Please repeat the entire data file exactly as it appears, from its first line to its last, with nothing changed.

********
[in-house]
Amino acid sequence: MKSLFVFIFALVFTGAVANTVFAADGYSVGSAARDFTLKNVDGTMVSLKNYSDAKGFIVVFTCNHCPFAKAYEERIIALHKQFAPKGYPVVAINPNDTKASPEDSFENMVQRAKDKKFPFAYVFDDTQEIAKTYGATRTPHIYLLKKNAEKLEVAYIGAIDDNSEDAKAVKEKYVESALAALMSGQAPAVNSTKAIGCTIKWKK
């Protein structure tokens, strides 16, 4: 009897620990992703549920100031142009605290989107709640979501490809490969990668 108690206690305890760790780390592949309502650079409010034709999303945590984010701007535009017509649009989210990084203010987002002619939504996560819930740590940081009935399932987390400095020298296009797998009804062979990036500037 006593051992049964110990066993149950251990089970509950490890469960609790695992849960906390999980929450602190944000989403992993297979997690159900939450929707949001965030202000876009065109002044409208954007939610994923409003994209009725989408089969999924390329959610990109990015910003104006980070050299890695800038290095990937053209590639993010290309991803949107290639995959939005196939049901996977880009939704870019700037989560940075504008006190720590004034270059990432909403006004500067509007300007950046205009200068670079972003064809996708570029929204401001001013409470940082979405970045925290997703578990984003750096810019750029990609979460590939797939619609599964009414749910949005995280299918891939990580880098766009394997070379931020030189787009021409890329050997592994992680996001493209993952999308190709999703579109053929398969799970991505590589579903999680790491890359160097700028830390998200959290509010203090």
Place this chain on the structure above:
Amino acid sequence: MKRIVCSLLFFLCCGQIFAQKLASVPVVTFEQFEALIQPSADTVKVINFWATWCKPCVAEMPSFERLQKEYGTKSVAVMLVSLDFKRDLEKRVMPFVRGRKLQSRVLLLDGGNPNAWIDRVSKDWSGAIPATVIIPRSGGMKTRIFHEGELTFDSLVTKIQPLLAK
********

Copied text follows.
[in-house]
Amino acid sequence: MKSLFVFIFALVFTGAVANTVFAADGYSVGSAARDFTLKNVDGTMVSLKNYSDAKGFIVVFTCNHCPFAKAYEERIIALHKQFAPKGYPVVAINPNDTKASPEDSFENMVQRAKDKKFPFAYVFDDTQEIAKTYGATRTPHIYLLKKNAEKLEVAYIGAIDDNSEDAKAVKEKYVESALAALMSGQAPAVNSTKAIGCTIKWKK
């Protein structure tokens, strides 16, 4: 009897620990992703549920100031142009605290989107709640979501490809490969990668 108690206690305890760790780390592949309502650079409010034709999303945590984010701007535009017509649009989210990084203010987002002619939504996560819930740590940081009935399932987390400095020298296009797998009804062979990036500037 006593051992049964110990066993149950251990089970509950490890469960609790695992849960906390999980929450602190944000989403992993297979997690159900939450929707949001965030202000876009065109002044409208954007939610994923409003994209009725989408089969999924390329959610990109990015910003104006980070050299890695800038290095990937053209590639993010290309991803949107290639995959939005196939049901996977880009939704870019700037989560940075504008006190720590004034270059990432909403006004500067509007300007950046205009200068670079972003064809996708570029929204401001001013409470940082979405970045925290997703578990984003750096810019750029990609979460590939797939619609599964009414749910949005995280299918891939990580880098766009394997070379931020030189787009021409890329050997592994992680996001493209993952999308190709999703579109053929398969799970991505590589579903999680790491890359160097700028830390998200959290509010203090």
Place this chain on the structure above:
Amino acid sequence: MKRIVCSLLFFLCCGQIFAQKLASVPVVTFEQFEALIQPSADTVKVINFWATWCKPCVAEMPSFERLQKEYGTKSVAVMLVSLDFKRDLEKRVMPFVRGRKLQSRVLLLDGGNPNAWIDRVSKDWSGAIPATVIIPRSGGMKTRIFHEGELTFDSLVTKIQPLLAK